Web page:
Growth vs. Inflation: Will the Fed Shift Focus?
Policy + Politics

Growth vs. Inflation: Will the Fed Shift Focus?

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Two key central bank meetings and a string of big data releases in the coming week should sharpen the debate over slowing growth and rising inflation risks, and may shake the markets out of the doldrums which followed a bumper first quarter for asset prices.

The U.S. Federal Reserve's monetary policy committee will update its economic forecasts for the first time since January at its mid-week meeting, when no policy change is expected but where recent indicators have disappointed investors, while the Bank of Japan is seen as likely to ease its policy further at a meeting on April 27 after coming under intense pressure to help support the still fragile economy. The meetings come after two other central banks, the Bank of England and Bank of Canada, last week surprised markets with more hawkish statements suggesting it was less likely they would need any more monetary policy stimulus.

"We're at a point where the nexus of the risks between growth and inflation might get more interesting over the next couple of months," said Ned Rumpeltin, head of G10 FX strategy for Standard Chartered Bank.

After a wave of policy easing measures earlier this year led by the Federal Reserve and including a huge 1 trillion euro injection of liquidity by the European Central Bank, there are some signs that growth has stabilized leaving room for monetary authorities to give more weight to inflation risks. Earlier this month Singapore said it will tighten monetary policy slightly because of persistent inflationary pressures, while Australia's central bank opened the door for a rate cut in May when it held rates steady. The Reserve Bank of New Zealand holds its rate setting meeting on April 26 where rates are expected to remain unchanged but inflation concerns could feature in the accompanying statement.

At the center of the concerns are oil prices, with Brent crude currently at an average price of about $118 barrel for the year to date, which if it is maintained for 2012 as a whole would be a record.

Many institutional investors have also been gradually raising their expectations for inflation, according to the latest Bank of America Merrill Lynch survey of fund managers. Global inflation expectations rose to nine month highs in the survey conducted in the week to April 12. "It's not at anything like alarming levels at this point, but what it does do is reinforce the message that there is very little love for bonds at current levels," said Gary Baker, European equity strategist at BofA Merrill Lynch.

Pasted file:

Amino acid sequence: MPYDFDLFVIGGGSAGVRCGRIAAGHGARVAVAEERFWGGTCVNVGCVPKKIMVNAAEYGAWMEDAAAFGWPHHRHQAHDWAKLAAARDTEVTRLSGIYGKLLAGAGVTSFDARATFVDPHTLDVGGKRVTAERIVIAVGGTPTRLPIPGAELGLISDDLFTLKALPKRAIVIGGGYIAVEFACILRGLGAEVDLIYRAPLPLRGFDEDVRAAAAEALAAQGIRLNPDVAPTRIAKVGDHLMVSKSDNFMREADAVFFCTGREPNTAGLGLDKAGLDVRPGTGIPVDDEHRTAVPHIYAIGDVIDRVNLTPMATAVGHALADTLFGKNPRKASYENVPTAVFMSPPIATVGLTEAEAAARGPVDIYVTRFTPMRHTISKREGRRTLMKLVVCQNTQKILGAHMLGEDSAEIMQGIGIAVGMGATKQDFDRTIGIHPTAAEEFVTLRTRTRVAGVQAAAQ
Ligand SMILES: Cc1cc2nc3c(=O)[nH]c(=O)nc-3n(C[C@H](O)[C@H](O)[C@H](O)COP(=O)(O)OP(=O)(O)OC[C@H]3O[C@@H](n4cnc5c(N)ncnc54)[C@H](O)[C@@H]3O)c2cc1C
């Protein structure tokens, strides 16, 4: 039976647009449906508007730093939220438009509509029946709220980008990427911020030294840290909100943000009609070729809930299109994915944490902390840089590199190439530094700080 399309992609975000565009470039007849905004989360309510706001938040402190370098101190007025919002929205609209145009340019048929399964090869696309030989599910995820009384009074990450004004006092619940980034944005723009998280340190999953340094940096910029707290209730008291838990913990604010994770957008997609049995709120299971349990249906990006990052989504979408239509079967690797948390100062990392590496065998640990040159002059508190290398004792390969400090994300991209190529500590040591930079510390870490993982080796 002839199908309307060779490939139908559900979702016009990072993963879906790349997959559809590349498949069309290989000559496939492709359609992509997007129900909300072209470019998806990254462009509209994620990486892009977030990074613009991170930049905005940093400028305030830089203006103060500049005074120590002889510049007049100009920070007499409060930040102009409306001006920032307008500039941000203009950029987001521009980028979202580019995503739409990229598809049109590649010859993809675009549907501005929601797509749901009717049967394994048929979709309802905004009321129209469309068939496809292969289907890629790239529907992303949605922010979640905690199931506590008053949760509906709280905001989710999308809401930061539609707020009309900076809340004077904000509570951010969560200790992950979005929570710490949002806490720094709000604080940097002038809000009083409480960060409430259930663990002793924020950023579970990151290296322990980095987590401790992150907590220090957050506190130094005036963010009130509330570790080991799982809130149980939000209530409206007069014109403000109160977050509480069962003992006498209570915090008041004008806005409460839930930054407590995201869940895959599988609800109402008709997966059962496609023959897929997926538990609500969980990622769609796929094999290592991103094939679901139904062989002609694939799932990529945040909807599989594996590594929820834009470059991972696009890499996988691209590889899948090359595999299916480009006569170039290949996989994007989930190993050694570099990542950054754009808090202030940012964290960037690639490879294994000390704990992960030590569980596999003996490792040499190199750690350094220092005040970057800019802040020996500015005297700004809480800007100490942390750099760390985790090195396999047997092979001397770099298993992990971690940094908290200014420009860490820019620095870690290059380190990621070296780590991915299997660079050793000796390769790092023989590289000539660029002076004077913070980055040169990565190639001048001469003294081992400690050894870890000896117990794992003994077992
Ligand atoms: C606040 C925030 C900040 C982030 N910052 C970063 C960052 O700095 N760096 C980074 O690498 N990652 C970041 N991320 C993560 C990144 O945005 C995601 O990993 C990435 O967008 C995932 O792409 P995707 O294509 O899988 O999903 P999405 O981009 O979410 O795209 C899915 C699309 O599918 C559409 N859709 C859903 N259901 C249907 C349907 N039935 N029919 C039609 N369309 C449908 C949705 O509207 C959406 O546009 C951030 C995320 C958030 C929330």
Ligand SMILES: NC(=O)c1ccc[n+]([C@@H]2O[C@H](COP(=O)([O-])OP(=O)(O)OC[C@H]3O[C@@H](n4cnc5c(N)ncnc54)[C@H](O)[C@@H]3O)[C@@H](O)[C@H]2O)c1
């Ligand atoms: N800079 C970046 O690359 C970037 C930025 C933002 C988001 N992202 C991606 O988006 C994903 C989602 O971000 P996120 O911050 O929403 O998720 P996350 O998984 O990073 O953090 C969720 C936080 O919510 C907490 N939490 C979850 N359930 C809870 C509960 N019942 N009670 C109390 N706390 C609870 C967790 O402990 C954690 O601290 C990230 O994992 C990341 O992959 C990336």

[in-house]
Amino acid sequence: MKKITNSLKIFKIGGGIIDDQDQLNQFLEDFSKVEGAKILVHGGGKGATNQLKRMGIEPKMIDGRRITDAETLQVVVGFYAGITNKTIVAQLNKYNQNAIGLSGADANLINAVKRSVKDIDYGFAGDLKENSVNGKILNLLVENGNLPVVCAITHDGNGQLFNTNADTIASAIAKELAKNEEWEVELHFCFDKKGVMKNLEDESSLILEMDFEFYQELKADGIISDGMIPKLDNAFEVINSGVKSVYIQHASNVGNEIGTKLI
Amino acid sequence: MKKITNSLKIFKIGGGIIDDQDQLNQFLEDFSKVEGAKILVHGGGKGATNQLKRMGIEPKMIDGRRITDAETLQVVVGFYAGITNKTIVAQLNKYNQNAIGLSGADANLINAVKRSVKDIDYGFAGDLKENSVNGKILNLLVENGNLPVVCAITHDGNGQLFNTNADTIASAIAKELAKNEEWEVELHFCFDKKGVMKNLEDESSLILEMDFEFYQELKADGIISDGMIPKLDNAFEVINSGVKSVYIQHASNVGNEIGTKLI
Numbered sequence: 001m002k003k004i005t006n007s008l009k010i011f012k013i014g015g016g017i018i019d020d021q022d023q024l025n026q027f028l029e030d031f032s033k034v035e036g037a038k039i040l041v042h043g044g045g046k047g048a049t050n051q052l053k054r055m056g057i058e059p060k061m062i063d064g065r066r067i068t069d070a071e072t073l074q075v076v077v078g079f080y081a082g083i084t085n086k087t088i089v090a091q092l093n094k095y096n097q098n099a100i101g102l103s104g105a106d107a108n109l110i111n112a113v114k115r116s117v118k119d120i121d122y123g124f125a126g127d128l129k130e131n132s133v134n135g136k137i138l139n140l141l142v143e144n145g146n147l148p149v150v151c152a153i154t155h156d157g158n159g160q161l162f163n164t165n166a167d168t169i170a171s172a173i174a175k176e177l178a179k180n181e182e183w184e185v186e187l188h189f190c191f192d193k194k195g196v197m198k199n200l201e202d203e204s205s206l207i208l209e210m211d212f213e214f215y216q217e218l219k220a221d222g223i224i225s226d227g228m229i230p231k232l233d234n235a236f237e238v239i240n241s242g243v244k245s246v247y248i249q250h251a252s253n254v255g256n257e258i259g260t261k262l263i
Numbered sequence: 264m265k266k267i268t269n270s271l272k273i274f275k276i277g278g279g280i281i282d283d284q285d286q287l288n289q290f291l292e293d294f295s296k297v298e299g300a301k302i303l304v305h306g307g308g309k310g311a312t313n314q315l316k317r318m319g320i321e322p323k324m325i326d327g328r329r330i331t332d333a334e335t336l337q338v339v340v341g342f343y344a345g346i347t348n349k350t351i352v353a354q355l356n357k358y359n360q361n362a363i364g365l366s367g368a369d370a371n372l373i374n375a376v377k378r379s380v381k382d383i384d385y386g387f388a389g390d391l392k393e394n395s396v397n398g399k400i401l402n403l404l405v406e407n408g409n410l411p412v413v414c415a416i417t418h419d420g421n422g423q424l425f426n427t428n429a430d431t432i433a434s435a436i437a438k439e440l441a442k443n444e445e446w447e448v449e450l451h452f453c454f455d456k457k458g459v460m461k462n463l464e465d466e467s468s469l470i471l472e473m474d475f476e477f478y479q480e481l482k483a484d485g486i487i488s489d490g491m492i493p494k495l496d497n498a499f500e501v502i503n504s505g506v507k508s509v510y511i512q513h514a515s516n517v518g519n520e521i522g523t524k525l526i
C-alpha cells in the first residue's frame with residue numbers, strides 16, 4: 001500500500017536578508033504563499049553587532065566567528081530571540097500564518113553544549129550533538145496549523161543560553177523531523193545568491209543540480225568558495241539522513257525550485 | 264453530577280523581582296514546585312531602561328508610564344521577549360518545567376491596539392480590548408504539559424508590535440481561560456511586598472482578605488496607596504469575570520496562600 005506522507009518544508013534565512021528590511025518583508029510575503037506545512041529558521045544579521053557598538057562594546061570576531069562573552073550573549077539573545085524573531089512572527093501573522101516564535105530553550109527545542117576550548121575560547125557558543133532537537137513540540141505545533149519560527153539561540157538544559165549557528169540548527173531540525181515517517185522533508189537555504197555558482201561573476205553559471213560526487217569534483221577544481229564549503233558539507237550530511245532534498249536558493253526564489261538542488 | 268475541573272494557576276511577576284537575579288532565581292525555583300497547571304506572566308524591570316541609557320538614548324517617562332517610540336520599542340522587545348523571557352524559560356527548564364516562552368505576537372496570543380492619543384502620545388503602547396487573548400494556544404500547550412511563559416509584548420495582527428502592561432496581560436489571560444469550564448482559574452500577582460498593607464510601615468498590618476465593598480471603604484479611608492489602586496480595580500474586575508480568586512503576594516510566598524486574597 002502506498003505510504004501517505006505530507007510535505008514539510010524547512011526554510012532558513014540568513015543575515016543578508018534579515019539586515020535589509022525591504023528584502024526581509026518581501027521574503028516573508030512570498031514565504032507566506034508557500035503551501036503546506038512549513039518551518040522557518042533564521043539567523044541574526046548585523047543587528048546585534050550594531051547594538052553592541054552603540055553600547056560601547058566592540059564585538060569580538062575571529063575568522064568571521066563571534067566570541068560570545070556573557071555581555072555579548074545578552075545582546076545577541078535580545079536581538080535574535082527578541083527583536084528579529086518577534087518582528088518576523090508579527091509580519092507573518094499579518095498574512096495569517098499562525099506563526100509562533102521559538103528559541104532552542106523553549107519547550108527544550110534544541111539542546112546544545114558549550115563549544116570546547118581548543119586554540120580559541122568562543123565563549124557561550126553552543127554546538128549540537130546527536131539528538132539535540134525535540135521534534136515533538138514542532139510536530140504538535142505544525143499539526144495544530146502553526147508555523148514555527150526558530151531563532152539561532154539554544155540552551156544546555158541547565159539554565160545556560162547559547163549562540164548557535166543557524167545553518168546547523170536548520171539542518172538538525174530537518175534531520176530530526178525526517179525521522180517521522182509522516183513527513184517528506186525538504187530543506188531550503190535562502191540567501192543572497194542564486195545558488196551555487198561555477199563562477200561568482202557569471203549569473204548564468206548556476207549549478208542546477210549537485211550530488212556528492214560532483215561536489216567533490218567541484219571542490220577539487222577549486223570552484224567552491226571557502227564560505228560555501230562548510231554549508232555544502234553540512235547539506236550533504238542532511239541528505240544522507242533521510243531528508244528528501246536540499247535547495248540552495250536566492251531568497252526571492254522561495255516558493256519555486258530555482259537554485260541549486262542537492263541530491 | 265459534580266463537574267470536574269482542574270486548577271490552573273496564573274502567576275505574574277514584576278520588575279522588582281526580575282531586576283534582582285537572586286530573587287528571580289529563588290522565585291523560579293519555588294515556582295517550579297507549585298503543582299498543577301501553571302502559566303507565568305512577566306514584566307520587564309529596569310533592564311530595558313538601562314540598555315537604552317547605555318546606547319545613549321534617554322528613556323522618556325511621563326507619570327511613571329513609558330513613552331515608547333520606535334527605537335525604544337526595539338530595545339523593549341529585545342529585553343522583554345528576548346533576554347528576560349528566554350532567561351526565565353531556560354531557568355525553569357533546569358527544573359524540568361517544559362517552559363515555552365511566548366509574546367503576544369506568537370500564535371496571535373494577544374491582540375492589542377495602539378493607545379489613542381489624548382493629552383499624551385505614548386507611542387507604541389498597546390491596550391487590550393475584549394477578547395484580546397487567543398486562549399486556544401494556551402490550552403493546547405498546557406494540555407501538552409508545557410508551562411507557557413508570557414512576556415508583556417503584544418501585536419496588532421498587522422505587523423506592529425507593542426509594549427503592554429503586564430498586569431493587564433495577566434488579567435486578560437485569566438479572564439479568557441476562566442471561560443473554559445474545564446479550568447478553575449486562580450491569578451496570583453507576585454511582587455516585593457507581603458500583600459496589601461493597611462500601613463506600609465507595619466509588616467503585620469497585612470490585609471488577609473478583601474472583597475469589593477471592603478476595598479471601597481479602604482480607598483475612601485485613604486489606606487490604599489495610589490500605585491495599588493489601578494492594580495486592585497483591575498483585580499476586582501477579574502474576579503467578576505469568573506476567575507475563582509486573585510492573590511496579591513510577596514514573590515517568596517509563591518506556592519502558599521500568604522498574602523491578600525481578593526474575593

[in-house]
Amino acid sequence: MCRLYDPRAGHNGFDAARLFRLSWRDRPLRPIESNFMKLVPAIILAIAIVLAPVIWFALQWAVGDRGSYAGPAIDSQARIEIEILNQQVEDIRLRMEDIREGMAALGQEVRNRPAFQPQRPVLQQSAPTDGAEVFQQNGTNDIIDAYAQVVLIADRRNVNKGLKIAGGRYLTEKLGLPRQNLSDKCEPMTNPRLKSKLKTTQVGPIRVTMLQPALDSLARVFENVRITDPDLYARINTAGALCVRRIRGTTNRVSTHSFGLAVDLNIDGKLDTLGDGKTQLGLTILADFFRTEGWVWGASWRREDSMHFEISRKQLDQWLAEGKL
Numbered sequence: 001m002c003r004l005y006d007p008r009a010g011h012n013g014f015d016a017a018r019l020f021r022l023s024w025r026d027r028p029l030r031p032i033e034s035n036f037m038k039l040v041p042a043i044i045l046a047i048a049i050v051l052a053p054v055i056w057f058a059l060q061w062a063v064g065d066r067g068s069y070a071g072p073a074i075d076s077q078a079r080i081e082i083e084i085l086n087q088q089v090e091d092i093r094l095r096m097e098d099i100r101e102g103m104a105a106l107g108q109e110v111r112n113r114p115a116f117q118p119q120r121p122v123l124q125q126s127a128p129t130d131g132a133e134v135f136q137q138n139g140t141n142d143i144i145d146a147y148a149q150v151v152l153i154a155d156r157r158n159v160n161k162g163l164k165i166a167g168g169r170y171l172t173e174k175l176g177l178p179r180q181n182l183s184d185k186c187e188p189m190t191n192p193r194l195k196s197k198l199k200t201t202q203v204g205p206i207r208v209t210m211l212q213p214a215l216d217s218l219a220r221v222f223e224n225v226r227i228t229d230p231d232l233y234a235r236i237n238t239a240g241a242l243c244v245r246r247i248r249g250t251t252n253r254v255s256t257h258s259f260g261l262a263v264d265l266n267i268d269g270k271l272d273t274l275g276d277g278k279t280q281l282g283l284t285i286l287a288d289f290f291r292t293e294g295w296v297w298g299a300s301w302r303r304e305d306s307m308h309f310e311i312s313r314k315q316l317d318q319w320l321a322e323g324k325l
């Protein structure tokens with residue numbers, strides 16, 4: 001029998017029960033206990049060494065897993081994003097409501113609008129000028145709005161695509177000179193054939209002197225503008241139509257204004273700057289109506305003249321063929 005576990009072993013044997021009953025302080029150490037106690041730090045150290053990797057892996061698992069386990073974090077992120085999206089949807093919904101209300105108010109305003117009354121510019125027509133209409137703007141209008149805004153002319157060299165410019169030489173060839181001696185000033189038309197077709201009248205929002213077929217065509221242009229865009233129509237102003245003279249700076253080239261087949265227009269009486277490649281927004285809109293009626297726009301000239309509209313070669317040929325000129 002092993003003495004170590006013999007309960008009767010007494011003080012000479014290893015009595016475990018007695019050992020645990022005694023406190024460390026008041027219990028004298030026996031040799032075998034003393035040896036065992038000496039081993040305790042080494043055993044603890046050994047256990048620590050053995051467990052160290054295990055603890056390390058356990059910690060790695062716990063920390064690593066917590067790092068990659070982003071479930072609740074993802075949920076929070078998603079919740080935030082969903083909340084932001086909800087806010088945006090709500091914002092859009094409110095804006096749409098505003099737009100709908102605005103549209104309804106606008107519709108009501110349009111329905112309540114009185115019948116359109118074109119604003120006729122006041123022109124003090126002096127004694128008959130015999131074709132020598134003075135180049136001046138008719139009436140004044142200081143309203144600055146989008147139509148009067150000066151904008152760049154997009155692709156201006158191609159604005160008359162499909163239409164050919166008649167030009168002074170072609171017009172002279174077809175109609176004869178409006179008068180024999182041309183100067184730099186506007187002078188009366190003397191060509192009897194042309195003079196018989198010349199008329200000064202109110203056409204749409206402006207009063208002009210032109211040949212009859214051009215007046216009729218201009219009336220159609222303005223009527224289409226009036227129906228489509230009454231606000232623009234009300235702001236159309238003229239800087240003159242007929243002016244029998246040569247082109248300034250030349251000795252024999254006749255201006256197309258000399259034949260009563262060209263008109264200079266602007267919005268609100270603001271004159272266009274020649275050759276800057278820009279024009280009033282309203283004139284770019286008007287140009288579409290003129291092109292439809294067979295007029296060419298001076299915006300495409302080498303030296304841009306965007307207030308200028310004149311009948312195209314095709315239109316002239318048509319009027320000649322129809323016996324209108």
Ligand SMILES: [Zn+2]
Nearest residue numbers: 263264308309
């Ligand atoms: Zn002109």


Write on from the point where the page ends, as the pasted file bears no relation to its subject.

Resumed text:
Overall global growth is still seen as subdued by most economists with weakness in the euro zone and a relatively slow U.S. recovery leaving Asia as the main driver. A Reuters poll of more than 700 economists across the world, taken in the past week, predicted a modest 3.3 percent growth in the global economy this year, unchanged from a poll taken three months ago.

In the coming week the United States and Britain will unveil their preliminary estimates of first quarter growth. The U.S. economy is expected to grow at an annual rate of around 2.5 percent in the first three months of the year, down from 3.0 percent in the final quarter of 2011. Britain's economy is much weaker, with GDP falling by 0.3 percent in the final quarter of last year and a fairly anemic growth of 0.1 percent expected in the first three months of 2012. However, if economists' forecasts are missed and a negative number results, the country will technically be in recession.

In the markets a general scaling back in growth forecasts and the return of concerns over euro area government finances have largely ended the rally in risk assets that marked the first quarter. World equities have seen about 5 percent wiped off the gains to the end of March, leaving global stocks up about 8.5 percent for the year, with emerging markets and the share markets of Spain and Italy underperforming.

In the foreign exchange market, the shifts have seen one-month volatility of the euro's exchange rate to the dollar drop to levels not seen since before the Lehman crisis, reflecting a view that swings in the common currency in the near term are likely to be very low.

Volatility as indicated by the VIX index (a popular measure of the implied volatility of S&P 500 index options) has rapidly declined since the end of 2011 to hit historic lows last month, though it has kicked up a bit lately as the U.S. economic data has surprised.

It may be time for volatility to pick up further.